Warriors

How D'Angelo Russell impressed Warriors GM Bob Myers with his maturity

How D'Angelo Russell impressed Warriors GM Bob Myers with his maturity

When the Warriors acquired All-Star guard D'Angelo Russell from the Nets in a sign-and-trade this offseason, general manager Bob Myers knew much more about the player than the person. 

Myers knew his team was acquiring someone who can score in a hurry. He knew Golden State was getting a crafty lefty that can dish it and drain shots from deep. The more Myers has gotten to know Russell, the more he's excited for the future of the franchise. 

Russell and Myers recently met in New York, and the GM hit his new guard with some tough questions regarding his murky past as a Laker. 

"He said, 'In hindsight, maybe I wasn't ready for what was coming in L.A. with being the No. 2 pick.' A lot of people would blame everybody else and say it wasn't my fault, which I think showed a maturity," Myers said on The TK Show

Russell was involved in a public incident as a rookie with the Lakers where he recorded a video on Snapchat of teammate Nick Young admitting he cheated on his fianc√©e, Iggy Azalea. Though only has been in the NBA for four seasons, Russell's road has been a long one. 

Since being drafted in 2015, Russell has dealt with the pressure of being the No. 2 pick in L.A., the trials of the Young incident, being traded to Brooklyn, turning into an All-Star and now joining the Warriors. 

"For a guy that's pretty new in the league, he's been through more than most I'd say," Myers said. "Being a high pick, going to the Lakers, getting moved, going to Brooklyn ... the way he handled that, helping them ascend, kind of coming into his own." 

[RELATED: Myers explains what attracted Warriors to D'Angelo Russell]

Russell enjoyed his breakout year last season where he averaged 21.1 points and seven assists per game. Any GM would be glad to add that to his roster. After speaking with Russell, Myers couldn't be happier. 

"I'm happier now than I was even when we did it, knowing more about who he actually is," Myers said.

Watch Warriors' Andrew Wiggins show off handle in offseason workout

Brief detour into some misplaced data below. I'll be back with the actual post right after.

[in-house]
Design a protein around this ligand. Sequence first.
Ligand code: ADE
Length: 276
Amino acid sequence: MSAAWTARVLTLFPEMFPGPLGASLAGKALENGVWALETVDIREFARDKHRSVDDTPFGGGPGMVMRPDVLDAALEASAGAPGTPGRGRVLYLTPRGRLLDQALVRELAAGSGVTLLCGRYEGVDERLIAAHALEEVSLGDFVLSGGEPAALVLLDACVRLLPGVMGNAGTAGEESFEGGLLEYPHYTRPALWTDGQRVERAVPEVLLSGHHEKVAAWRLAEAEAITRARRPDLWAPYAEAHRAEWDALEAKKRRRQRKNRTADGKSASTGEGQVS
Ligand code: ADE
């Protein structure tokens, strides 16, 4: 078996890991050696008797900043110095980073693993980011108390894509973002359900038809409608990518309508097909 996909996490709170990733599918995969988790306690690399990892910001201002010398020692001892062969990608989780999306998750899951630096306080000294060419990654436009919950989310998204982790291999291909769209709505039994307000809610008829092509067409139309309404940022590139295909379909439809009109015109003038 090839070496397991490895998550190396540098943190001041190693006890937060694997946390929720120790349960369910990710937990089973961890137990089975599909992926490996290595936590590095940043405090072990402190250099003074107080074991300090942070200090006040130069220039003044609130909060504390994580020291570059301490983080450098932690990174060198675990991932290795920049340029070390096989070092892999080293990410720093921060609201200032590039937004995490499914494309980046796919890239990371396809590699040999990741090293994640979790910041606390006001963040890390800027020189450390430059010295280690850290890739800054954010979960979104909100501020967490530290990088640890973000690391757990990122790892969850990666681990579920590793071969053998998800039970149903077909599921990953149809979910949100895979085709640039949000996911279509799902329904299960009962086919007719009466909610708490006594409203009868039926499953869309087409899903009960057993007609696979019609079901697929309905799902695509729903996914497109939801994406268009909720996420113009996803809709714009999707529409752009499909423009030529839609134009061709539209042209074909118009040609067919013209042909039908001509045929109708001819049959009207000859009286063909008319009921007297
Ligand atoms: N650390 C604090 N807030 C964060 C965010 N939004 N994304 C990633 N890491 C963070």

Watch Warriors' Andrew Wiggins show off handle in offseason workout

The Warriors haven't played in an NBA game for five months, and they might not play for (at least) another two or so.

Andrew Wiggins is trying to make the most of that time, working out with trainer Chris Johnson in Los Angeles. Johnson posted a video on his Instagram on Wednesday of Wiggins flashing his handle on a slot pick-and-roll.

Steph Curry and Draymond Green figure to share the bulk of the ball-handling duties if and when the Warriors' projected starting lineup is fully healthy to start next season, so Wiggins might not get many chances to show off what he learned working with Johnson. Projected over a full season, Wiggins' 25.4 percent usage rate in his first 12 games with the Warriors would be the fourth-lowest of his career. Curry played in just one of those games, so that number almost certainly will drop in Wiggins' first full season with Golden State.

[RELATED: Steph, Dame deserve better than these ridiculous debates]

Still, Wiggins initiating plays as a primary ballhandler would be an added bonus.  The Warriors are plenty high on him already, though.

Assistant coach Ron Adams said in June that the "sky's the limit" for the No. 1 pick in the 2014 NBA Draft, and head coach Steve Kerr said earlier this month that "[Wiggins] fights right in" on the wing.

Wednesday's video provided a brief glimpse of how Wiggins is trying to reward their faith.

[RUNNIN' PLAYS PODCAST: Listen to the latest episode]

Why Klay Thompson thinks it's 'hard time to play' during NBA restart

Why Klay Thompson thinks it's 'hard time to play' during NBA restart

Klay Thompson said he can't blame any NBA players having trouble focusing on basketball right now.

The restarted season is occurring in a "bubble" at the Walt Disney World Resort amid a global pandemic that has killed nearly 170,000 Americans alone and within months of George Floyd and Breonna Taylor's deaths at the hands of police. The coronavirus' disparate impact on people of color, coupled with renewed attention on African Americans disproportionately dying in police custody, has laid bare the entrenched systemic inequalities within the United States. 

Around three-fourths of NBA players are Black, and Thompson said he empathizes with his peers on the 22 NBA teams still playing.

"Honestly, these last few months, it was like divine intervention happening for the world to see what is really going on to a lot of marginalized peoples in this country," Thompson told Brandon Williams in an interview for Bleacher Report. "So I feel for the players right now. It's a hard time to play."

Thompson marched in a protest against systemic racism organized by teammate Juan Toscano-Anderson back in June, and NBA players and coaches have maintained that focus in Orlando.

[RELATED: Steph, Dame deserve better than these ridiculous debates]

Players are mentioning Taylor in their pre- and post-game press conferences, calling for the officers involved in her death to be arrested. Gregg Popovich's media availability routinely serve as history lessons about American injustice. League-approved social-justice messages adorn the backs of players' jerseys. The NBA announced it's committing $300 million over the next decade to spur economic growth in Black communities.

This all is happening as the NBA seeks to complete its season and crown a champion, with teams resuming for the first time in months in pursuit of the sport's ultimate prize. That's a tall order on its own, and an even taller one for players and coaches using their platforms in an effort to enact meaningful, systemic change.

It's understandable they're doing so with heavy hearts.

[RUNNIN' PLAYS PODCAST: Listen to the latest episode]